So Barbour turned to an organization that provides microloans, and was able to access the capital she needed to launch her business. The cash flow the loan provided sustained the company during that initial period of growth.
“The loan was cash-flow support," she says. "I used the money for operations, to cover overhead costs—and I still have some of it. You can find ways to do what's needed by being lean and creative."
A year in and Barbour's experience affirms that there are alternative ways to access loans for women to start their businesses and have great success doing so.
Business credit cards can provide loans for women to start a business by allowing quick access to capital. Many founders rely on this form of funding to float their overhead costs and projects, short term.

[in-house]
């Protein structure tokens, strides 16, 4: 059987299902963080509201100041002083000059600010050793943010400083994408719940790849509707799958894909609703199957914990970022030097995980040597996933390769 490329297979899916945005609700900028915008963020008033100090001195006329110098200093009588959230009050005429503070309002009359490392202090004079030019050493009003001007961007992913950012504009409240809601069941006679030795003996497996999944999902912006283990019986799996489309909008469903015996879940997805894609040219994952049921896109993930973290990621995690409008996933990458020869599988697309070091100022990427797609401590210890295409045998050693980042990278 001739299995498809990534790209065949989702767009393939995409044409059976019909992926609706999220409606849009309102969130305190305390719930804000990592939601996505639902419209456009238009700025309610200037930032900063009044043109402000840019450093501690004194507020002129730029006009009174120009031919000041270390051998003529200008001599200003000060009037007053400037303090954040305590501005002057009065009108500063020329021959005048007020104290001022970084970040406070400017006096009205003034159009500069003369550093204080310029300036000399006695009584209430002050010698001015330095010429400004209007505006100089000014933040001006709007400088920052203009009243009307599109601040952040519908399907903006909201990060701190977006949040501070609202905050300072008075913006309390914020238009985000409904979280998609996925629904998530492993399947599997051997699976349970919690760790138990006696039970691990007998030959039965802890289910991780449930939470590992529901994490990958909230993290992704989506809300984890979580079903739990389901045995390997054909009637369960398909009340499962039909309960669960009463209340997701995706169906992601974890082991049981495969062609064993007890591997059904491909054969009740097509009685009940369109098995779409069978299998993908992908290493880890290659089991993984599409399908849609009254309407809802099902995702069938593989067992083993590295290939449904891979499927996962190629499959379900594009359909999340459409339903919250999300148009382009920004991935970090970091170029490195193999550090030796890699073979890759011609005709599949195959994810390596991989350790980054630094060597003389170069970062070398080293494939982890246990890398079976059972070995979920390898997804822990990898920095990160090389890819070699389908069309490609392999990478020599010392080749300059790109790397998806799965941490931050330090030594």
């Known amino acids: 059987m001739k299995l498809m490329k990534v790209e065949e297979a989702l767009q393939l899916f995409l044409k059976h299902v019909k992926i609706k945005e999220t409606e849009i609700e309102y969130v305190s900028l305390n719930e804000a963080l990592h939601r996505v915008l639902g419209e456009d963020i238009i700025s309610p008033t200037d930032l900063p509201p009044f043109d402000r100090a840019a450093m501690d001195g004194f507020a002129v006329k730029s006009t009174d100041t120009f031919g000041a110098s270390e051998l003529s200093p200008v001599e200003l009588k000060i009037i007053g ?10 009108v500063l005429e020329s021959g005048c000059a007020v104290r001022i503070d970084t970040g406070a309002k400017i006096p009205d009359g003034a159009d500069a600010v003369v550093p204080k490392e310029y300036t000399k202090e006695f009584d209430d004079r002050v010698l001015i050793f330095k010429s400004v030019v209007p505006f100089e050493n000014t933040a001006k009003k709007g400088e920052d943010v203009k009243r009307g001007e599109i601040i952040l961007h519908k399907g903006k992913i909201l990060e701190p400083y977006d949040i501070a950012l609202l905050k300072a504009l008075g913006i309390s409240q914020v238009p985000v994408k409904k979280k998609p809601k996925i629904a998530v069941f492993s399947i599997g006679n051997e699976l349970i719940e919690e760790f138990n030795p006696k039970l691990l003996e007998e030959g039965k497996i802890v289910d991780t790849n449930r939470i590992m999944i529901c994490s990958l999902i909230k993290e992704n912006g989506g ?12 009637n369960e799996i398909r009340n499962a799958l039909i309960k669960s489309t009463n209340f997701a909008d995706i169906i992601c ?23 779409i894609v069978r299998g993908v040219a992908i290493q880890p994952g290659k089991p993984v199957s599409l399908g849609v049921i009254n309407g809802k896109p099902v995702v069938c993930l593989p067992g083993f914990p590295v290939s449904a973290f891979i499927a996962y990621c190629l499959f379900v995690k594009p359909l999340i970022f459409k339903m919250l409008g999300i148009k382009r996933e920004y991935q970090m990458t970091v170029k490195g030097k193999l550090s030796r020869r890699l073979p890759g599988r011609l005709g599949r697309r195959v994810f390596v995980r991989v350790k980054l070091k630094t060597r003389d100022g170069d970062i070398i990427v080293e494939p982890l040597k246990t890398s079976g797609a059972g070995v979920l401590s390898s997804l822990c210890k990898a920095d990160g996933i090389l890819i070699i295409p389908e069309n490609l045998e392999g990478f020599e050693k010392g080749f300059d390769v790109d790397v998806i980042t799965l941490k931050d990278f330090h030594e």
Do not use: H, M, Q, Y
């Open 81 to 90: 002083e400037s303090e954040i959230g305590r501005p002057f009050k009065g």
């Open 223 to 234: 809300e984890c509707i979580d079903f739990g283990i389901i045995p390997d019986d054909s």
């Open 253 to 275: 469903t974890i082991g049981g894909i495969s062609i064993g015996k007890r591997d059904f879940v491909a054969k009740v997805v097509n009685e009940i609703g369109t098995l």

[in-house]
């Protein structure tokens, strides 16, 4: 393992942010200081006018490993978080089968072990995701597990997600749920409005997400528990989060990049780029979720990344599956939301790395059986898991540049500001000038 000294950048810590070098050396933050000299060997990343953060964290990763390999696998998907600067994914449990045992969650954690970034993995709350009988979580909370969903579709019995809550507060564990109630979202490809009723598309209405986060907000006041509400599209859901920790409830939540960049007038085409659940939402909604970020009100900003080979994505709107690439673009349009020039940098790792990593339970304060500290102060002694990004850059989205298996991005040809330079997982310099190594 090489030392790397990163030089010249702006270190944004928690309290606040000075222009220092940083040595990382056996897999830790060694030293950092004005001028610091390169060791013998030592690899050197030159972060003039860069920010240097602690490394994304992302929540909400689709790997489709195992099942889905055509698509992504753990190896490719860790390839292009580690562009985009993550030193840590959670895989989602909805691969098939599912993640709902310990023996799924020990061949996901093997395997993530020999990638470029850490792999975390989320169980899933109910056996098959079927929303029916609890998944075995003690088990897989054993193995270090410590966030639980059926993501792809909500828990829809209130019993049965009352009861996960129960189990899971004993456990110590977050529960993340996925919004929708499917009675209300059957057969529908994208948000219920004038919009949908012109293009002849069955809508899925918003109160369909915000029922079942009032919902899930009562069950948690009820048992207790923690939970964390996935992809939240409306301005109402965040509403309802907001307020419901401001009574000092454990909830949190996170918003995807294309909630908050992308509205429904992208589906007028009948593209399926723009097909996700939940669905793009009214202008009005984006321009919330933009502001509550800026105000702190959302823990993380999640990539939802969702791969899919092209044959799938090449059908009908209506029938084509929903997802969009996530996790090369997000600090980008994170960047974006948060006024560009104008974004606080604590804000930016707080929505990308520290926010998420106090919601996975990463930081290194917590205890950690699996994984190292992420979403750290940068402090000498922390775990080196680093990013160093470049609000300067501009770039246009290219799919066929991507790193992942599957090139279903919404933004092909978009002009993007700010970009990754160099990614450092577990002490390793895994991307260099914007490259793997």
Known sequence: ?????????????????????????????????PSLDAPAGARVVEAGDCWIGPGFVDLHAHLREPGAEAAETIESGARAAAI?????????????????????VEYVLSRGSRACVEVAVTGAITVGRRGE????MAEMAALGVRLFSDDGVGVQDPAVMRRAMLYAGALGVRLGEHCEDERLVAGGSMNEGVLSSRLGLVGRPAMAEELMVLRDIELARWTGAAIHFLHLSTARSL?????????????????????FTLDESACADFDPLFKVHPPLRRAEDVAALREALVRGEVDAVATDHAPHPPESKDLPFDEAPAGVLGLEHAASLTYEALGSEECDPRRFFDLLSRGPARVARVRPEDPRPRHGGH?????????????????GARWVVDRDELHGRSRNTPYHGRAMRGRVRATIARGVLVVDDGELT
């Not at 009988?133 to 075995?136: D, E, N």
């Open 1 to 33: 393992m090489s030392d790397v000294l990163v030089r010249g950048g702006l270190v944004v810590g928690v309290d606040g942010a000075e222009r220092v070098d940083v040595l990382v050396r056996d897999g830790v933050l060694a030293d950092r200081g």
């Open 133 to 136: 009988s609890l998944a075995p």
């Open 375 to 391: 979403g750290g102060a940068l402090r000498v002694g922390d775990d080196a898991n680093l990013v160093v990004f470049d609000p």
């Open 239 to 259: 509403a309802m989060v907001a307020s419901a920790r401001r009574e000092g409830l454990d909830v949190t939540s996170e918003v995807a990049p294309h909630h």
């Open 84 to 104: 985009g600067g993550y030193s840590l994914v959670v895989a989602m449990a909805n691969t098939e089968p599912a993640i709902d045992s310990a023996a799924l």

Jinny Hyojin Oh, founder of WANDR, a product strategy and UX design firm, used her credit cards when cash flow was tight in order to cover important up-front expenses, like paying her employees while she launched her business.
With steady revenue and a strong vision for the future of her company, Oh was positioned to leverage credit cards to her advantage.
"Managing cash flow is a normal part of growing a business," she says. "Money in, money straight out. I didn't want inorganic growth, I wanted to scale quickly without outside investment, so I put our expenses on my credit card."
Doing so allowed Oh to stick to her vision, launch her business successfully and faster than if she went with a traditional loan.
Business loans for women do not have to fit the traditional mold in order for women to launch and scale thriving organizations. Women business owners carve out spaces for themselves using what they have, despite barriers to growth. The experiences of these entrepreneurs show that women continue to leverage tools like small business loans to rise to the challenge.